Nowadays many independent film and TV productions that have multiple parties involved are looking for the best way to recoup profits on a completed project. One of the best ways to assure the parties involved with your film (producers, investors, financiers, sales agents and talent) see their returns is to have a collection account in place. A collection account is an account in the name of a neutral third party who receives revenues generated by an independent film or TV project on behalf of the multiple beneficiaries from local distributors. This process is called collection account management and is an effective tool to guarantee that the beneficiaries receive their share of the revenues. The beneficiaries include producers, investors, financiers, sales agents and talent. Often times financiers, production partners and international sales agents put a collection account up as a requirement before even boarding project. During this webinar we will explain the functions and benefits of having a collection account in place for an independent film or TV project, how collection account management is set up and which parties should be involved in the entire process. We will further discuss the allocation and distribution of revenues, how to put together the Recoupment Schedule, and the importance of signing, or being a beneficiary to, the Collection Account Management Agreement.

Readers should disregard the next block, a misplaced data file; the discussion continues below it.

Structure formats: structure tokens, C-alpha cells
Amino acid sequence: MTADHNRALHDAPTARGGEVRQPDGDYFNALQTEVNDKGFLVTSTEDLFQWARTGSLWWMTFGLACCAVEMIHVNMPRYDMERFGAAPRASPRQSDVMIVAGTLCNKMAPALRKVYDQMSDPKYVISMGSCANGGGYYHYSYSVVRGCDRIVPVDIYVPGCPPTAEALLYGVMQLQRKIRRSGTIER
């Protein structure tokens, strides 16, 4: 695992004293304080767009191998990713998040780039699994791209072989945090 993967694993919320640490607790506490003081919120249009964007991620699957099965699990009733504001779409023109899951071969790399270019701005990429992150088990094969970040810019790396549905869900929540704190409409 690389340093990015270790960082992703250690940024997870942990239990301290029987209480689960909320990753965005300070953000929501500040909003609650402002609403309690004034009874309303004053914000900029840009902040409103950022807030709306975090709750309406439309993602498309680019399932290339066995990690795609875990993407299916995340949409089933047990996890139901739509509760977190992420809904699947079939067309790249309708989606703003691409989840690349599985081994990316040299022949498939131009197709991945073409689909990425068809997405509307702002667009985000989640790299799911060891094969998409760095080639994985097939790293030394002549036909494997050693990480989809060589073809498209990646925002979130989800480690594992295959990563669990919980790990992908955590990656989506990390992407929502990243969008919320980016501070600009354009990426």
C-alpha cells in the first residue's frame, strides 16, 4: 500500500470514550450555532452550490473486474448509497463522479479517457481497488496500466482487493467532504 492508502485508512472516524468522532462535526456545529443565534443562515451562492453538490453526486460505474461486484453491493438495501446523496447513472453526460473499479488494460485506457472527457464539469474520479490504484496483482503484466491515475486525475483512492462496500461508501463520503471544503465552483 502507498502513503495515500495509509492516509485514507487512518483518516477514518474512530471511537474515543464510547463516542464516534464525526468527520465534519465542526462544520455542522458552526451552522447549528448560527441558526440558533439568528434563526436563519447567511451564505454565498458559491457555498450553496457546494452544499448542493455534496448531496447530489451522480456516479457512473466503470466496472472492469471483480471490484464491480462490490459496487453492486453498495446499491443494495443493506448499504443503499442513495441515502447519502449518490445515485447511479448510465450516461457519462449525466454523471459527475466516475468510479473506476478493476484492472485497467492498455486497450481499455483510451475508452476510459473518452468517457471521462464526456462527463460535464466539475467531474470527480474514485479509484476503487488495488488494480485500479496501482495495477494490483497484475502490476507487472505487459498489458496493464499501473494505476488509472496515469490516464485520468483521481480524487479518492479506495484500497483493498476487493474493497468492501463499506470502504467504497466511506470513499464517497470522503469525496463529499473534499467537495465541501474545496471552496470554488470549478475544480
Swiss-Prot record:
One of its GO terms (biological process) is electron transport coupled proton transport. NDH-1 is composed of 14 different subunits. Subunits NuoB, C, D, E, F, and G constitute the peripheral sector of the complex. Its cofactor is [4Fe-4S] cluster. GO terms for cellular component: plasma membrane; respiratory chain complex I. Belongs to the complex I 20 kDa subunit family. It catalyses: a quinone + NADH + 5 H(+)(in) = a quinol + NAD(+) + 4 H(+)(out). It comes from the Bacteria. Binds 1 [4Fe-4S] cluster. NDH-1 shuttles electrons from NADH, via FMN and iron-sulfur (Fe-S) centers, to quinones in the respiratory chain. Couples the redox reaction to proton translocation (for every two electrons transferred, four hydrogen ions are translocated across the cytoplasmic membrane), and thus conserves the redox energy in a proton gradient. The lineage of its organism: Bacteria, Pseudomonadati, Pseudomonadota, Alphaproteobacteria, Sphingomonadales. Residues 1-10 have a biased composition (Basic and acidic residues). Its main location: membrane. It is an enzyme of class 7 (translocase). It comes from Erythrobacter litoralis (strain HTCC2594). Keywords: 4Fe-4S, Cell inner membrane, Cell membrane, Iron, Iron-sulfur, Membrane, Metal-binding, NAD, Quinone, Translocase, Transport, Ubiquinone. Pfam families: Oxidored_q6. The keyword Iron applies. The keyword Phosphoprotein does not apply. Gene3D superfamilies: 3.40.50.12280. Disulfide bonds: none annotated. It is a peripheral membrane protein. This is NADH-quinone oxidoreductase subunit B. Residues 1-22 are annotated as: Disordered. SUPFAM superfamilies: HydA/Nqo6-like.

Faith based and faith friendly films have been a steady, popular, and profitable industry and one of the hottest genres for success. It could be considered a niche audience, but it’s a powerful and dependable niche audience that has helped catapult films and filmmakers to success. Recent films like I CAN ONLY IMAGINE, GOD’S NOT DEAD, and THE SHACK have found popularity and impressive box office numbers by tapping into this audience and bringing out church-goers and other faith-friendly communities that might not be as eager to seek out films outside of this genre. And it makes sense that faith-based films are doing well. In challenging or negative times, people will more actively seek out positivity and inspiration, two ingredients almost guaranteed to be featured in a faith-based film. Considering how challenging and negative our current world can be, there might not be a better time to break into the world of faith-based films and write a script that can shine in this market. Writing a faith based or faith friendly script can be tricky, as you don't want to fall into cliches and lose your audience. You might have a great idea for a script with an uplifting message and inspirational ending, but when does it cross the line from a traditional genre script to faith-friendly? What does that audience actually look for and what do faith-based production companies seek out when considering a script? What elements in your story are off-limits and which will help you sell your script? There’s no crystal ball that can tell us 100% what works and what doesn’t in this genre, but there are patterns and constants that can be gleaned and applied to your own script. With a proper lay of the land, you’ll be able to better tackle this genre and write a script that can not only get on the screen, but inspire and uplift viewers at the same time. Brad Wilson is the Co-founder of Higher Purpose Entertainment (HPE), a production company dedicated to telling stories in film and TV that encompass truth of character and strive to embrace inspirationally redeeming qualities. While at HPE he's produced a number of films including THREE BLIND SAINTS, CHRISTMAS ON SALVATION STREET, MY MANY SONS, THE MEANEST MAN IN TEXAS, and THE RESURRECTION OF GAVIN STONE, which was released last year in 1,100 theaters across the country. Brad is well-versed in the business of faith based films and has a keen sense of how projects thrive in this genre. He’s ready to share what he knows exclusively with the Stage 32 community. Brad will walk you through how to create a faith based script that can both sell and have a positive impact within this specific community. Brad will begin with an overview of the faith based/faith friendly landscape and will give you a rundown of how this genre works both at a studio and in the independent space. He’ll then break down major screenwriting points of an effective faith based scripts, including average page count, characters, and plot structure. He’ll outline what makes a script faith based or faith friendly and at what point a drama script would be considered by a faith based production company. He will delve into what the faith based audience looks like and the best ways to reach them. Brad will teach you the elements that work best for a faith based script, including employing romance and a specific message. He will also go over elements to stay away from and how to balance a cross over script with “preaching to the choir”. He will also give tips on how to drive the story forward within this genre. He’ll discuss when to take feedback on your script and when to trust your gut and will give you tips on how to keep your writing real, even when it’s made up. Brad will also discuss the types of budget you should keep in mind for the best chance of success with your faith based script. Brad’s valuable rundown of the faith based genre will give you the tips and tools you need to create an amazing script that will excel within the faith friendly community. Like what you heard from Brad during this webinar? Brad will read your script and speak with you for a half-hour if you click here. Praise for Brad's Stage 32 Webinar "Brad was terrific! This was an excellent real world webinar. Very helpful in reinforcing some of the trends that I have been seeing in this category, and I learned a lot from today's discussion." -Lew S. "Brad was amazing. He laid out so clearly the genre and how to write for it in a practical way. He was an awesome instructor who combined practical info, inspiration, and was so "real." Loved it." -Ricki L. "This was the best webinar I've had so far at Stage 32. Brad's very seasoned and gave wonderful tips that will help me make my faith-friendly script" more marketable." -Gayle R. "A very honest, forth right presentation from a guy whose been there and done that, and knows the pitfalls and promises of the biz." -Dennis H.